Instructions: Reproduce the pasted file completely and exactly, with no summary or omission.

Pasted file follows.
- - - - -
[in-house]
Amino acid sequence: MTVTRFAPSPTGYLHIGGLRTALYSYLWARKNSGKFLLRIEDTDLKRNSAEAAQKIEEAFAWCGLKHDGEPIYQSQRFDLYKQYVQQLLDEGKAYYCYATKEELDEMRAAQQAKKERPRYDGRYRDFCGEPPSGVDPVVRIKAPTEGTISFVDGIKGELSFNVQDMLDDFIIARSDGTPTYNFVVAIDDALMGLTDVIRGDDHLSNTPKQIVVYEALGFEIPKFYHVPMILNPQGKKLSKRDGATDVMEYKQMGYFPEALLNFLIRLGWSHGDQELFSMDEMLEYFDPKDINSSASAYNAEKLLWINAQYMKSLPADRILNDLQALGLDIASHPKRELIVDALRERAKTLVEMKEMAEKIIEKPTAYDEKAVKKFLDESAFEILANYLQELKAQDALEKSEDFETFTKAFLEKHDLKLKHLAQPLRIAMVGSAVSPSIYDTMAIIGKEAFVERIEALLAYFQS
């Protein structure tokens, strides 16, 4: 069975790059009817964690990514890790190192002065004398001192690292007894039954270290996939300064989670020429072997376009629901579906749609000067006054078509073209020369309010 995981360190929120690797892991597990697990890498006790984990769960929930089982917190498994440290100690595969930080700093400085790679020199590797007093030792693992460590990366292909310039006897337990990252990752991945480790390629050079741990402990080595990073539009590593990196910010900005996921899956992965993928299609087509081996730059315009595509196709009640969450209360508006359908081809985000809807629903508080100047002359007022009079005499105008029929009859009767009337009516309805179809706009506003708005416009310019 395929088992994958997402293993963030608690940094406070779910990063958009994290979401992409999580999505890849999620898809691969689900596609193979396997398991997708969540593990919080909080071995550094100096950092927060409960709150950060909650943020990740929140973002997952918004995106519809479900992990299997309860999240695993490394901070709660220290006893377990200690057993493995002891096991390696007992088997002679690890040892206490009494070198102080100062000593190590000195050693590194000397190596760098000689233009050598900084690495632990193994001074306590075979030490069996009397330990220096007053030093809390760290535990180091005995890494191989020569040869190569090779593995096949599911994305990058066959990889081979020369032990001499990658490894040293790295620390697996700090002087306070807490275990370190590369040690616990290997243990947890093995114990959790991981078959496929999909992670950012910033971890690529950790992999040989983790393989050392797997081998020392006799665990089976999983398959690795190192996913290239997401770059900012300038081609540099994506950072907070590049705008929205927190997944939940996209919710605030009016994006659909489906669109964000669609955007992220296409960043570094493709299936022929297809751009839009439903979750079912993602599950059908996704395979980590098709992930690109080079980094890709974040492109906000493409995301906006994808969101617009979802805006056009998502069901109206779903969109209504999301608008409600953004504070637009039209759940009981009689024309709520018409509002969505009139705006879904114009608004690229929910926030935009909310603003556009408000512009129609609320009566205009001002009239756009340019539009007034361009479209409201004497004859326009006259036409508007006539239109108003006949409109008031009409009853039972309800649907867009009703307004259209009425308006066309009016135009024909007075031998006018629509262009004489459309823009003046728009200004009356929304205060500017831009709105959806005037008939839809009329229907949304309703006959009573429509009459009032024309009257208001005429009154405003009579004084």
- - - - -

[in-house]
Amino acid sequence: MTVTRFAPSPTGYLHIGGLRTALYSYLWARKNSGKFLLRIEDTDLKRNSAEAAQKIEEAFAWCGLKHDGEPIYQSQRFDLYKQYVQQLLDEGKAYYCYATKEELDEMRAAQQAKKERPRYDGRYRDFCGEPPSGVDPVVRIKAPTEGTISFVDGIKGELSFNVQDMLDDFIIARSDGTPTYNFVVAIDDALMGLTDVIRGDDHLSNTPKQIVVYEALGFEIPKFYHVPMILNPQGKKLSKRDGATDVMEYKQMGYFPEALLNFLIRLGWSHGDQELFSMDEMLEYFDPKDINSSASAYNAEKLLWINAQYMKSLPADRILNDLQALGLDIASHPKRELIVDALRERAKTLVEMKEMAEKIIEKPTAYDEKAVKKFLDESAFEILANYLQELKAQDALEKSEDFETFTKAFLEKHDLKLKHLAQPLRIAMVGSAVSPSIYDTMAIIGKEAFVERIEALLAYFQS
């Protein structure tokens, strides 16, 4: 069975790059009817964690990514890790190192002065004398001192690292007894039954270290996939300064989670020429072997376009629901579906749609000067006054078509073209020369309010 995981360190929120690797892991597990697990890498006790984990769960929930089982917190498994440290100690595969930080700093400085790679020199590797007093030792693992460590990366292909310039006897337990990252990752991945480790390629050079741990402990080595990073539009590593990196910010900005996921899956992965993928299609087509081996730059315009595509196709009640969450209360508006359908081809985000809807629903508080100047002359007022009079005499105008029929009859009767009337009516309805179809706009506003708005416009310019 395929088992994958997402293993963030608690940094406070779910990063958009994290979401992409999580999505890849999620898809691969689900596609193979396997398991997708969540593990919080909080071995550094100096950092927060409960709150950060909650943020990740929140973002997952918004995106519809479900992990299997309860999240695993490394901070709660220290006893377990200690057993493995002891096991390696007992088997002679690890040892206490009494070198102080100062000593190590000195050693590194000397190596760098000689233009050598900084690495632990193994001074306590075979030490069996009397330990220096007053030093809390760290535990180091005995890494191989020569040869190569090779593995096949599911994305990058066959990889081979020369032990001499990658490894040293790295620390697996700090002087306070807490275990370190590369040690616990290997243990947890093995114990959790991981078959496929999909992670950012910033971890690529950790992999040989983790393989050392797997081998020392006799665990089976999983398959690795190192996913290239997401770059900012300038081609540099994506950072907070590049705008929205927190997944939940996209919710605030009016994006659909489906669109964000669609955007992220296409960043570094493709299936022929297809751009839009439903979750079912993602599950059908996704395979980590098709992930690109080079980094890709974040492109906000493409995301906006994808969101617009979802805006056009998502069901109206779903969109209504999301608008409600953004504070637009039209759940009981009689024309709520018409509002969505009139705006879904114009608004690229929910926030935009909310603003556009408000512009129609609320009566205009001002009239756009340019539009007034361009479209409201004497004859326009006259036409508007006539239109108003006949409109008031009409009853039972309800649907867009009703307004259209009425308006066309009016135009024909007075031998006018629509262009004489459309823009003046728009200004009356929304205060500017831009709105959806005037008939839809009329229907949304309703006959009573429509009459009032024309009257208001005429009154405003009579004084």